Ever start down a path that you know logically is iffy in its likelihood of success, yet you move forward with all the faith and optimism in the world? Many of my paths are like this and usually things turn out well. Yesterday was an exception.
When we arrived at the airport we first dropped Thom off at the passenger terminal to check in our baggage and my dad, my brother and I took the dogs to the live cargo desk four hours early as required.
Now, I was a little nervous about this portion of the check-in because there are certain crate size regulations for the shipping of pets. On most airlines we travel (i.e., Delta) pets have to be able to sit, lie and turn around comfortably in their crate in order to travel. The judgment of either the booking or cargo agent is used. Both of our dogs could easily do these tasks in their crates. However, on British Airways they utilize a standard formula where three measurements are used: the length of the dog from nose to tail, the width of the dog at his widest point, and the height of the dog from the ground to the elbow. The dog they use as their standard is a golden retriever, who has traditional dog proportions. Great Danes, however, have proportionately longer legs (like Corgis have proportionately shorter legs). So technically, based on the formula, Ozzie’s crate did not meet the requirements. They wanted a crate that was something like 48 inches high and 53 inches long and Ozzie’s was 40 inches tall by 48 inches long.
All went well the first 1.5 hours. Ozzie (and Buddy) were weighed in their crates, photos were taken of each dog in their crate, the USDA export and Zambia import papers were approved, the dogs were deemed healthy and fit for travel. After I paid the airway bill it was time to load them in their crates and say goodbye. At that moment our cargo handler, Jesse (who had previously approved them), said, “wait a second, I just want to double-check with my supervisor that this dog’s ok.” Hugo came down and took measurement after measurement. Ozzie was lying down in his crate with a good quarter of it left empty up front. Another cargo handler came by and agreed that yes, this dog was comfortable in this crate. He also said, however, that British Airways, unlike other airlines, was a by-the-book rules-driven airlines. He warned that even if all of the U.S. side staff agreed that Ozzie was comfortable, there was bound to be someone with a tape measure on the other end ready to rule the crate unfit for him. He also added that for other airlines they’re allowed to use common sense and observe the comfort level of the pet, but not on British Airways.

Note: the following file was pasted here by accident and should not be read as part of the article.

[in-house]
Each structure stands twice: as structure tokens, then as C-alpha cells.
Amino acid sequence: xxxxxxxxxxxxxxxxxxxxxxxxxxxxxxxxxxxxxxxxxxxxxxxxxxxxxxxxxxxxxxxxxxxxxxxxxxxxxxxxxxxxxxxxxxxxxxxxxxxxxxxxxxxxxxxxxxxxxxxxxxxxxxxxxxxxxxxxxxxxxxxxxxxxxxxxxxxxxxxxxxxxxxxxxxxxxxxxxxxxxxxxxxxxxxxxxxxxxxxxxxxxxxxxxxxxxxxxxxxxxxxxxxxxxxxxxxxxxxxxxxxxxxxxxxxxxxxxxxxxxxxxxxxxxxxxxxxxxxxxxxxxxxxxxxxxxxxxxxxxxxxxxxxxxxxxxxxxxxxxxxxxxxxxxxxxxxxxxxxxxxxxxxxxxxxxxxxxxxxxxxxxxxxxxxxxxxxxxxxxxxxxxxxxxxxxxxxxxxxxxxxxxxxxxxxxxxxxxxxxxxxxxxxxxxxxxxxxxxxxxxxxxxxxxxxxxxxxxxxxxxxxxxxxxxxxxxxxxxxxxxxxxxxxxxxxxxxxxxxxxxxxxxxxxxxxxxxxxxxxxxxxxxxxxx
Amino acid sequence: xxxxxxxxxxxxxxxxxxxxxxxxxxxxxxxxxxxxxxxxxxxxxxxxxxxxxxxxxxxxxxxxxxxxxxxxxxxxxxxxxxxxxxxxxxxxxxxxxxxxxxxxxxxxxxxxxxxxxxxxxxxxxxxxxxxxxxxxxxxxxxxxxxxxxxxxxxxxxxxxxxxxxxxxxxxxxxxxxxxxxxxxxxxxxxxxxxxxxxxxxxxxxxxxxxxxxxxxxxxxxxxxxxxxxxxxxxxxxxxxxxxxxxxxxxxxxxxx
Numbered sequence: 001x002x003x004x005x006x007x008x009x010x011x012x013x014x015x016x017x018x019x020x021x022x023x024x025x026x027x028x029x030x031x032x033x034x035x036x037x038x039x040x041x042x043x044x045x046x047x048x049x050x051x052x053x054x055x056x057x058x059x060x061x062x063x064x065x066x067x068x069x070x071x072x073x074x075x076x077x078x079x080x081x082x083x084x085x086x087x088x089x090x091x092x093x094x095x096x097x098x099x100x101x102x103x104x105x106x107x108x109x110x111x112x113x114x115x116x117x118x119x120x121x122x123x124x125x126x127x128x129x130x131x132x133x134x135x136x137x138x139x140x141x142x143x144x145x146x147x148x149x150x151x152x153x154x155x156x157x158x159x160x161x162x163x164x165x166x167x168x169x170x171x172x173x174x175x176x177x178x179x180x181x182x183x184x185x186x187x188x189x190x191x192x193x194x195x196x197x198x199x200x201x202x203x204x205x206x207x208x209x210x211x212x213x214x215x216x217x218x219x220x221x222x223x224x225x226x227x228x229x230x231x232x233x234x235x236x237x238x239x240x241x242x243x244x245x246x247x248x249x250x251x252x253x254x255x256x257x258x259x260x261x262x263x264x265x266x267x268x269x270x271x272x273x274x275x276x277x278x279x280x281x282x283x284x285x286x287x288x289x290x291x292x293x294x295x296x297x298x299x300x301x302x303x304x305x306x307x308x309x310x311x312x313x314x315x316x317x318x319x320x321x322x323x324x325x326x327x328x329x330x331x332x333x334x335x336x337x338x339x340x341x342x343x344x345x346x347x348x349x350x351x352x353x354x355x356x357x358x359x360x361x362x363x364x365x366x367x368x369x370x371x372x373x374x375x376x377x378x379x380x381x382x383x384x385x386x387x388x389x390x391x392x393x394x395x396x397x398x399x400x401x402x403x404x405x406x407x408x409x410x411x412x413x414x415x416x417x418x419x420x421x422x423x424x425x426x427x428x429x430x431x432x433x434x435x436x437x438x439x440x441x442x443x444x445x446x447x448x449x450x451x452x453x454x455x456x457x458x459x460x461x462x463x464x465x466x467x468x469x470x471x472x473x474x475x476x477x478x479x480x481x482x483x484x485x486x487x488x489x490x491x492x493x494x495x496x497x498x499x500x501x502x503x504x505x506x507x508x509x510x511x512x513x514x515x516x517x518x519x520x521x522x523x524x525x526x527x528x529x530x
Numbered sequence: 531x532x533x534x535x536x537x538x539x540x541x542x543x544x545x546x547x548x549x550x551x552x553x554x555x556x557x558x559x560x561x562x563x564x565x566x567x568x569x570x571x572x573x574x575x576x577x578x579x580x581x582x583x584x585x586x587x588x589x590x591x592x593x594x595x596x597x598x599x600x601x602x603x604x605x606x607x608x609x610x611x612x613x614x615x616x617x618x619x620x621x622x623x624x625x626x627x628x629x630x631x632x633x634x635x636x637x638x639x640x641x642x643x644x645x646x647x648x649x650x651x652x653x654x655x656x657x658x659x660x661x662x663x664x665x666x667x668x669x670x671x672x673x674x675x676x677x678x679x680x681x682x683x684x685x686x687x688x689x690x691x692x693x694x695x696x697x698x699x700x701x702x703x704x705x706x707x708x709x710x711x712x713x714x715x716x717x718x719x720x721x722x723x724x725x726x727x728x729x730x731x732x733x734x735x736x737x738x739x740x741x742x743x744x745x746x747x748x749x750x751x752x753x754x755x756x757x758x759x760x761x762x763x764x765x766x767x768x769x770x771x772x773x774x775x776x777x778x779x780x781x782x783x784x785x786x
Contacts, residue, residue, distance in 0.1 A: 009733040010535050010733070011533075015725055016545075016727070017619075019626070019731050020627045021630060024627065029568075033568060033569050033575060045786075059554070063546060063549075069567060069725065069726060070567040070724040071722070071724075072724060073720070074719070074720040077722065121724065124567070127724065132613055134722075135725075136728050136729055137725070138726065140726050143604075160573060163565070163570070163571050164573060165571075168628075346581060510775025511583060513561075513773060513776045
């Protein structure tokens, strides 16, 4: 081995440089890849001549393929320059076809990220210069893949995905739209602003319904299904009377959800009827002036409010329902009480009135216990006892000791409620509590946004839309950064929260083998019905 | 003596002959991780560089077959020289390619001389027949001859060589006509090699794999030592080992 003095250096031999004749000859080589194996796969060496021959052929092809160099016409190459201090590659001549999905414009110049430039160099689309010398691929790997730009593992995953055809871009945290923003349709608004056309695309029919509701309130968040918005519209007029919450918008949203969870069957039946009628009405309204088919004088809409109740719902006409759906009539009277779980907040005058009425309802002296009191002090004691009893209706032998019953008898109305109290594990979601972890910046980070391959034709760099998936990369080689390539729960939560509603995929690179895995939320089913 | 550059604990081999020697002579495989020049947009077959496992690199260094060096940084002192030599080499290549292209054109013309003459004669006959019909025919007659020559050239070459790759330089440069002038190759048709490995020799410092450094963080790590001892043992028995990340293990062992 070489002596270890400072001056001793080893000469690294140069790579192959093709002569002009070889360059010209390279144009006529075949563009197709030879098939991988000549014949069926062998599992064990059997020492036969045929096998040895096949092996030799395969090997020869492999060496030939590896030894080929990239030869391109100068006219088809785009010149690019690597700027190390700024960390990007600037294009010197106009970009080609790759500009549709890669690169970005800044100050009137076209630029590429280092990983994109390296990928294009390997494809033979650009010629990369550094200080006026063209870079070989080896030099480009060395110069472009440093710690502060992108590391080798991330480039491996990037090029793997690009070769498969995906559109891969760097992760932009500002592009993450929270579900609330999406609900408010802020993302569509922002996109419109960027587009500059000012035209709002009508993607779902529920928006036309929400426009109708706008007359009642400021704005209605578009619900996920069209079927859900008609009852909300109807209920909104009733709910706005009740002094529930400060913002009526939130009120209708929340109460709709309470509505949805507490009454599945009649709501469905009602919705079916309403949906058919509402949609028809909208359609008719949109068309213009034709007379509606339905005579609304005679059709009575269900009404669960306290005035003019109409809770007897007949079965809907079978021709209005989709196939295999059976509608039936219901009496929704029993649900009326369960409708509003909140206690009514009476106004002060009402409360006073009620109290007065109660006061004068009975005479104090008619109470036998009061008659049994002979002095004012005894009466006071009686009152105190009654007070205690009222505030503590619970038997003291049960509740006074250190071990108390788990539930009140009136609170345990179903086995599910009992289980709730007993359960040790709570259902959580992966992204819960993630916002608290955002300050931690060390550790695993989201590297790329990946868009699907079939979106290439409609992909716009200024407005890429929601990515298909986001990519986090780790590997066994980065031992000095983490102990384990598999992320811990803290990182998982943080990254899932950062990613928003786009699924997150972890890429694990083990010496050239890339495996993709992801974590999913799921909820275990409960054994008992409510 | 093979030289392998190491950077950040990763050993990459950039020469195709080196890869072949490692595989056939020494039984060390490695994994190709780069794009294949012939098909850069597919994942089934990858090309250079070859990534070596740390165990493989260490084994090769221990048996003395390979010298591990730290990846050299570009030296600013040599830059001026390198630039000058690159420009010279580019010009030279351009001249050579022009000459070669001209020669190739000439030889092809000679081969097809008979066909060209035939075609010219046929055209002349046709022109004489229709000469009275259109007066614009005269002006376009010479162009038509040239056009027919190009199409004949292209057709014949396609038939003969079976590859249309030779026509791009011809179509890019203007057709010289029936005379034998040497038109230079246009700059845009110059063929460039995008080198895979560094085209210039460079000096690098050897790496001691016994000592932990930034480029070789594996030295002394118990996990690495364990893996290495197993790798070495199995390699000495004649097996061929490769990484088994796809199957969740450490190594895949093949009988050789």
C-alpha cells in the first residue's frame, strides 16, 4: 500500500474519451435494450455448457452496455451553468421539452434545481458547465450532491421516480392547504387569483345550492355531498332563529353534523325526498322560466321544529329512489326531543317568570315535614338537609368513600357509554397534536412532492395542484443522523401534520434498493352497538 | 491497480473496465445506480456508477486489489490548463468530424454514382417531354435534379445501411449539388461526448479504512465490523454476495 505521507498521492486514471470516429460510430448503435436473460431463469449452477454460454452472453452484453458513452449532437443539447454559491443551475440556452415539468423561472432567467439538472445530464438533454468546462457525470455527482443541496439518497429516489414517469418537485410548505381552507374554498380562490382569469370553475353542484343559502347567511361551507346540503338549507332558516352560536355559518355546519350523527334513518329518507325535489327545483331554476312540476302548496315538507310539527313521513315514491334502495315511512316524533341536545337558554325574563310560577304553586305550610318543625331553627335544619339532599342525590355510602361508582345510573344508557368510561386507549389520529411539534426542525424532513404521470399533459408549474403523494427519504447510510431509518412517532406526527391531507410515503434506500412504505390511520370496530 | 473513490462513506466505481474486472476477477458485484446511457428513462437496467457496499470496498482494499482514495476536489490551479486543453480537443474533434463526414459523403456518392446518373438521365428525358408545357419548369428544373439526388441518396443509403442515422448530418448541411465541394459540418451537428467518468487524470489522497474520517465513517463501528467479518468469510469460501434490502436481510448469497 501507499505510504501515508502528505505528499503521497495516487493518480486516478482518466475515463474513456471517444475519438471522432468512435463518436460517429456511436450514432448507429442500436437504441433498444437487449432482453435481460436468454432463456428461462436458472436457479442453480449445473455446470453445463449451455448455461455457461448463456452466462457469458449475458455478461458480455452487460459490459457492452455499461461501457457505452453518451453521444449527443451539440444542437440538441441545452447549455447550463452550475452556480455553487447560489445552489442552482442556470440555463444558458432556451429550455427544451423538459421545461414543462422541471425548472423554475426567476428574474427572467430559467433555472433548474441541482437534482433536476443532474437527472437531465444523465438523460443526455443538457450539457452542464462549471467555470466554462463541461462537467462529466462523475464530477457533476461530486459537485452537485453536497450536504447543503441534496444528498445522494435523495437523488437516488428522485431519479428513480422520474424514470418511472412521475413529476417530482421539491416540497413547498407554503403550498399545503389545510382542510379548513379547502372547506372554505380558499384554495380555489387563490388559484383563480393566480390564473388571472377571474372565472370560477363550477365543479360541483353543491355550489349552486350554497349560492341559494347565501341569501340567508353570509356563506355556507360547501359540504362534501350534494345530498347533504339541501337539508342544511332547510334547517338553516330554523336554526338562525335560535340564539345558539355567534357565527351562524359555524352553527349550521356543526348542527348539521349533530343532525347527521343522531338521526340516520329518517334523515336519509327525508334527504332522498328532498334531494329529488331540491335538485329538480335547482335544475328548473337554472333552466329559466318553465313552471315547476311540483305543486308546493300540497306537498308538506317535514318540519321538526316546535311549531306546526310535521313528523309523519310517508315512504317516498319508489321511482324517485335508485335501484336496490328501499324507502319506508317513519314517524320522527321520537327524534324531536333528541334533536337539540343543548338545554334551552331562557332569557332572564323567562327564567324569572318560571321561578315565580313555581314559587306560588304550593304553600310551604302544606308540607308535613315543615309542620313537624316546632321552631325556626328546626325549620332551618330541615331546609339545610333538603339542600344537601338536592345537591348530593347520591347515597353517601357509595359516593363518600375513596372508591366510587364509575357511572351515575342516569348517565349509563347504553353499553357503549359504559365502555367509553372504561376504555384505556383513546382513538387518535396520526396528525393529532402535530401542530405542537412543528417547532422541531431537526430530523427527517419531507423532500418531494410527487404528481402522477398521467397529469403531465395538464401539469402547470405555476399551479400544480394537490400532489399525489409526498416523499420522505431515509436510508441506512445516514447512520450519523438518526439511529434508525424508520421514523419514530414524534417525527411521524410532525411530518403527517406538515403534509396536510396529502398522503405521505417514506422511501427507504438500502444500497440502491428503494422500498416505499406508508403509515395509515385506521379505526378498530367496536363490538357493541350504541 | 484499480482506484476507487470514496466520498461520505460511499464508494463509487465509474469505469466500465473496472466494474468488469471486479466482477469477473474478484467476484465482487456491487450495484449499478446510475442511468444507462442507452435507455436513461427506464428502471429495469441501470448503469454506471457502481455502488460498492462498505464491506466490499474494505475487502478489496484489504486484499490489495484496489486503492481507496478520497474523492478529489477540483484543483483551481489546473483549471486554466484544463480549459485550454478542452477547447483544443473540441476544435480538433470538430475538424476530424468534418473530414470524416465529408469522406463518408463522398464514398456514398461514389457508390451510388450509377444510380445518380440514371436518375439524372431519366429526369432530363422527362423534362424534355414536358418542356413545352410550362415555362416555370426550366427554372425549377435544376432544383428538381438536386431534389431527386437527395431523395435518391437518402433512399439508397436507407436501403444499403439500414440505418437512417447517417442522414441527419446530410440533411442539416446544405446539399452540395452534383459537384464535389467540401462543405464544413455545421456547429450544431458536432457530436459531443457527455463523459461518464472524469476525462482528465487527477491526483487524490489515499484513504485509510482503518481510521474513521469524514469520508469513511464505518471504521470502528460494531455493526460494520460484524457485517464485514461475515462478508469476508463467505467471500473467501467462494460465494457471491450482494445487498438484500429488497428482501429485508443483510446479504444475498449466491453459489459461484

Supervisor Hugo saw that Ozzie was comfortable but thought it was risky too, so he went up the chain of management, reaching the very top manager in the building, to see if he could get a waiver based on their judgment of fit of crate to dog.
By this time a couple of hours had elapsed and we were getting dangerously close to the point where I’d have to go or miss the flight. While my brother and I were in the cargo warehouse, Thom had called my dad (who was waiting in the truck) about a dozen times – he wasn’t able to check in all of the baggage until I was there so I needed to come NOW (he had been telling my dad this for two hours). My brother pointed out that the cargo staff were really trying to help us given their willingness to work up the management chain. By this time my heart was pounding because of the situation with Ozzie coupled with knowledge that I needed to leave and get to the terminal now! We decided that I would go ahead to the passenger terminal and that my brother would take over. The drive over seemed to take forever and I jiggled my legs the whole way as if that would speed the ride. I ran in, Thom saw me a football field away and yelled for me, and we got the bags checked, through security and to the gate just in time for boarding.
I called my dad immediately and he said my brother was still in there, which I took as a good sign, for if they had rejected Ozzie he would have been on his way back to Orange County. However, my dad called just after the cabin doors closed and said they had rejected Ozzie because they thought London would reject him for the Lusaka flight (because it’s a smaller aircraft). He said that my brother would take him for the night and they would trade him back and forth until (a) we found an affordable means to ship him, or (b) we found him a good home.
Soooo, Ozzie’s still in Orange County and we’re not sure what to do? On the one hand Ozzie’s a part of our family and brings us a lot of joy. On the other hand, he’s just a dog (and a not very bright one at that).
Is it worth having him shipped over (unaccompanied) via another airline or cargo service? Should we give him away? I don’t know. I think I’ll go take a nap.